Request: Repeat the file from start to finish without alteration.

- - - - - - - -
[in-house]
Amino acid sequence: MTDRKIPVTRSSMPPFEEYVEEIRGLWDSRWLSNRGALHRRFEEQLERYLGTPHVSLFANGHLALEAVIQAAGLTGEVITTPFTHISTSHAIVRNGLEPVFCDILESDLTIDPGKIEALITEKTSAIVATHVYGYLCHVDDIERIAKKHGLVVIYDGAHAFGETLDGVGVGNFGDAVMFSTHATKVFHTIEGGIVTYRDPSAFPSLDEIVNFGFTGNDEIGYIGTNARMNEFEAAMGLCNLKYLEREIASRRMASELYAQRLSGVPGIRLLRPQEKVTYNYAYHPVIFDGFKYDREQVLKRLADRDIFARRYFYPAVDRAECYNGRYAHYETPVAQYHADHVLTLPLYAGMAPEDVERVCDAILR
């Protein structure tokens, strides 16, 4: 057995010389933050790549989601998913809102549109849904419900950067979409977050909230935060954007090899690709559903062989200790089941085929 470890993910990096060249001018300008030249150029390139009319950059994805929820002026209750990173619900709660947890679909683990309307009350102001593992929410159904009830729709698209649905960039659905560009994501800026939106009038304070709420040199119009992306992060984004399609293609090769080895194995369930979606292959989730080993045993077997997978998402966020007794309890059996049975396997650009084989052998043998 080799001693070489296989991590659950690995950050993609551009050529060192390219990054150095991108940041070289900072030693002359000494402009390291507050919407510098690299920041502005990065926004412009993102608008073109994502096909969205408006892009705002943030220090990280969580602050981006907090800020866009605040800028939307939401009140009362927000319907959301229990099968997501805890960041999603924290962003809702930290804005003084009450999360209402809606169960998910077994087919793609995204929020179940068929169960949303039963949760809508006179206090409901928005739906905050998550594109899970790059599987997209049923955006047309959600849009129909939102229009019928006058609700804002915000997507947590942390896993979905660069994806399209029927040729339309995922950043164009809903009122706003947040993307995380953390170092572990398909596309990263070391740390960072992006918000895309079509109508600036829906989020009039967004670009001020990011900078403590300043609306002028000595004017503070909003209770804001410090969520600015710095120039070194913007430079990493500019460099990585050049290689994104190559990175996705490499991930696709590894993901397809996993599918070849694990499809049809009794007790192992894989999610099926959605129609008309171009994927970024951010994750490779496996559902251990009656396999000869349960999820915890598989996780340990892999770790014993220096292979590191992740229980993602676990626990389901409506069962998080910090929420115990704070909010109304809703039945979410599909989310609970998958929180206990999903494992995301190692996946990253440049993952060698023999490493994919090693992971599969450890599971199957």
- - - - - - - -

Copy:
[in-house]
Amino acid sequence: MTDRKIPVTRSSMPPFEEYVEEIRGLWDSRWLSNRGALHRRFEEQLERYLGTPHVSLFANGHLALEAVIQAAGLTGEVITTPFTHISTSHAIVRNGLEPVFCDILESDLTIDPGKIEALITEKTSAIVATHVYGYLCHVDDIERIAKKHGLVVIYDGAHAFGETLDGVGVGNFGDAVMFSTHATKVFHTIEGGIVTYRDPSAFPSLDEIVNFGFTGNDEIGYIGTNARMNEFEAAMGLCNLKYLEREIASRRMASELYAQRLSGVPGIRLLRPQEKVTYNYAYHPVIFDGFKYDREQVLKRLADRDIFARRYFYPAVDRAECYNGRYAHYETPVAQYHADHVLTLPLYAGMAPEDVERVCDAILR
């Protein structure tokens, strides 16, 4: 057995010389933050790549989601998913809102549109849904419900950067979409977050909230935060954007090899690709559903062989200790089941085929 470890993910990096060249001018300008030249150029390139009319950059994805929820002026209750990173619900709660947890679909683990309307009350102001593992929410159904009830729709698209649905960039659905560009994501800026939106009038304070709420040199119009992306992060984004399609293609090769080895194995369930979606292959989730080993045993077997997978998402966020007794309890059996049975396997650009084989052998043998 080799001693070489296989991590659950690995950050993609551009050529060192390219990054150095991108940041070289900072030693002359000494402009390291507050919407510098690299920041502005990065926004412009993102608008073109994502096909969205408006892009705002943030220090990280969580602050981006907090800020866009605040800028939307939401009140009362927000319907959301229990099968997501805890960041999603924290962003809702930290804005003084009450999360209402809606169960998910077994087919793609995204929020179940068929169960949303039963949760809508006179206090409901928005739906905050998550594109899970790059599987997209049923955006047309959600849009129909939102229009019928006058609700804002915000997507947590942390896993979905660069994806399209029927040729339309995922950043164009809903009122706003947040993307995380953390170092572990398909596309990263070391740390960072992006918000895309079509109508600036829906989020009039967004670009001020990011900078403590300043609306002028000595004017503070909003209770804001410090969520600015710095120039070194913007430079990493500019460099990585050049290689994104190559990175996705490499991930696709590894993901397809996993599918070849694990499809049809009794007790192992894989999610099926959605129609008309171009994927970024951010994750490779496996559902251990009656396999000869349960999820915890598989996780340990892999770790014993220096292979590191992740229980993602676990626990389901409506069962998080910090929420115990704070909010109304809703039945979410599909989310609970998958929180206990999903494992995301190692996946990253440049993952060698023999490493994919090693992971599969450890599971199957």